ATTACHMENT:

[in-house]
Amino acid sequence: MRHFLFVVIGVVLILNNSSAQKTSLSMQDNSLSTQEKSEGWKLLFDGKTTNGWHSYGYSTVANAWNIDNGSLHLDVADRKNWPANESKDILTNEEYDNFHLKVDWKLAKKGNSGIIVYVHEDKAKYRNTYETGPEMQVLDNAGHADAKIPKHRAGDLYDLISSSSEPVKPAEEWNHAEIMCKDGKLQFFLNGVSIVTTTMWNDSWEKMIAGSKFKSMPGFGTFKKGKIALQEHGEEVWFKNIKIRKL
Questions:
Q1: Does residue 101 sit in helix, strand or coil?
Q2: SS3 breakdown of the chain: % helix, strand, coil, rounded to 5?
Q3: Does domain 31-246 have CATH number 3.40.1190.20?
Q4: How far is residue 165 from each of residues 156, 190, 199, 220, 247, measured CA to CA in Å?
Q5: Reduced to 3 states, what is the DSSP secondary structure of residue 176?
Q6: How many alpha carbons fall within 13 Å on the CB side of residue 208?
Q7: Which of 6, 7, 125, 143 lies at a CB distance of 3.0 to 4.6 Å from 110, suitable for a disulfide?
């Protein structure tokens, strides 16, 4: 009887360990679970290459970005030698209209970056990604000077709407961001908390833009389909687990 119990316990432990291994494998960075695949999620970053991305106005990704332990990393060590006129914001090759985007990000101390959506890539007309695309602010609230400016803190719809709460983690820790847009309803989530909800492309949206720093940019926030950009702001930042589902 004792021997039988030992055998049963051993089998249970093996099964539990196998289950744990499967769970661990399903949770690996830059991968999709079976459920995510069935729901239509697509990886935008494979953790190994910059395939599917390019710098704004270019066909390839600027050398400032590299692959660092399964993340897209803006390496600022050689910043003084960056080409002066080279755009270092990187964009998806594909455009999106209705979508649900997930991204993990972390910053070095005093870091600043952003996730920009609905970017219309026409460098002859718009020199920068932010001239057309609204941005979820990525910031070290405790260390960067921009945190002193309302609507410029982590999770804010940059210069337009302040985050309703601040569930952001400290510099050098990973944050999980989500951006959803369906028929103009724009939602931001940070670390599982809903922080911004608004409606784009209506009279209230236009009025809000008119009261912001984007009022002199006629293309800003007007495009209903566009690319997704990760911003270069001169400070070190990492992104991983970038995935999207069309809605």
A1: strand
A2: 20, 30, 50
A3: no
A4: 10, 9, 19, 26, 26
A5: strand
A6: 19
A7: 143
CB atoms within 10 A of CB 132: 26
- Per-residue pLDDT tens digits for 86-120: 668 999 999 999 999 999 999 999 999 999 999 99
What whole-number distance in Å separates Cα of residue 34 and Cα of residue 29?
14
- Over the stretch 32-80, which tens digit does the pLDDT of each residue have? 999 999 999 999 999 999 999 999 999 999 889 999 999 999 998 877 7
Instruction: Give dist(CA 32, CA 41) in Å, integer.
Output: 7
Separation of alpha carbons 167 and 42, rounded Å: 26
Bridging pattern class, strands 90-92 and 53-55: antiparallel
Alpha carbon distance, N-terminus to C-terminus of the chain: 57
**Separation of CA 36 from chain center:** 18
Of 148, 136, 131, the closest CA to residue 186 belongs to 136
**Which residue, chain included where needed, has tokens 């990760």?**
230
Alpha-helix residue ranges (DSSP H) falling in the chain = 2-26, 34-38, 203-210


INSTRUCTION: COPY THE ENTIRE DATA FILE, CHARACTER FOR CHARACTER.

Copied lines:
[in-house]
Amino acid sequence: MRHFLFVVIGVVLILNNSSAQKTSLSMQDNSLSTQEKSEGWKLLFDGKTTNGWHSYGYSTVANAWNIDNGSLHLDVADRKNWPANESKDILTNEEYDNFHLKVDWKLAKKGNSGIIVYVHEDKAKYRNTYETGPEMQVLDNAGHADAKIPKHRAGDLYDLISSSSEPVKPAEEWNHAEIMCKDGKLQFFLNGVSIVTTTMWNDSWEKMIAGSKFKSMPGFGTFKKGKIALQEHGEEVWFKNIKIRKL
Questions:
Q1: Does residue 101 sit in helix, strand or coil?
Q2: SS3 breakdown of the chain: % helix, strand, coil, rounded to 5?
Q3: Does domain 31-246 have CATH number 3.40.1190.20?
Q4: How far is residue 165 from each of residues 156, 190, 199, 220, 247, measured CA to CA in Å?
Q5: Reduced to 3 states, what is the DSSP secondary structure of residue 176?
Q6: How many alpha carbons fall within 13 Å on the CB side of residue 208?
Q7: Which of 6, 7, 125, 143 lies at a CB distance of 3.0 to 4.6 Å from 110, suitable for a disulfide?
């Protein structure tokens, strides 16, 4: 009887360990679970290459970005030698209209970056990604000077709407961001908390833009389909687990 119990316990432990291994494998960075695949999620970053991305106005990704332990990393060590006129914001090759985007990000101390959506890539007309695309602010609230400016803190719809709460983690820790847009309803989530909800492309949206720093940019926030950009702001930042589902 004792021997039988030992055998049963051993089998249970093996099964539990196998289950744990499967769970661990399903949770690996830059991968999709079976459920995510069935729901239509697509990886935008494979953790190994910059395939599917390019710098704004270019066909390839600027050398400032590299692959660092399964993340897209803006390496600022050689910043003084960056080409002066080279755009270092990187964009998806594909455009999106209705979508649900997930991204993990972390910053070095005093870091600043952003996730920009609905970017219309026409460098002859718009020199920068932010001239057309609204941005979820990525910031070290405790260390960067921009945190002193309302609507410029982590999770804010940059210069337009302040985050309703601040569930952001400290510099050098990973944050999980989500951006959803369906028929103009724009939602931001940070670390599982809903922080911004608004409606784009209506009279209230236009009025809000008119009261912001984007009022002199006629293309800003007007495009209903566009690319997704990760911003270069001169400070070190990492992104991983970038995935999207069309809605």
A1: strand
A2: 20, 30, 50
A3: no
A4: 10, 9, 19, 26, 26
A5: strand
A6: 19
A7: 143
CB atoms within 10 A of CB 132: 26
- Per-residue pLDDT tens digits for 86-120: 668 999 999 999 999 999 999 999 999 999 999 99
What whole-number distance in Å separates Cα of residue 34 and Cα of residue 29?
14
- Over the stretch 32-80, which tens digit does the pLDDT of each residue have? 999 999 999 999 999 999 999 999 999 999 889 999 999 999 998 877 7
Instruction: Give dist(CA 32, CA 41) in Å, integer.
Output: 7
Separation of alpha carbons 167 and 42, rounded Å: 26
Bridging pattern class, strands 90-92 and 53-55: antiparallel
Alpha carbon distance, N-terminus to C-terminus of the chain: 57
**Separation of CA 36 from chain center:** 18
Of 148, 136, 131, the closest CA to residue 186 belongs to 136
**Which residue, chain included where needed, has tokens 């990760």?**
230
Alpha-helix residue ranges (DSSP H) falling in the chain = 2-26, 34-38, 203-210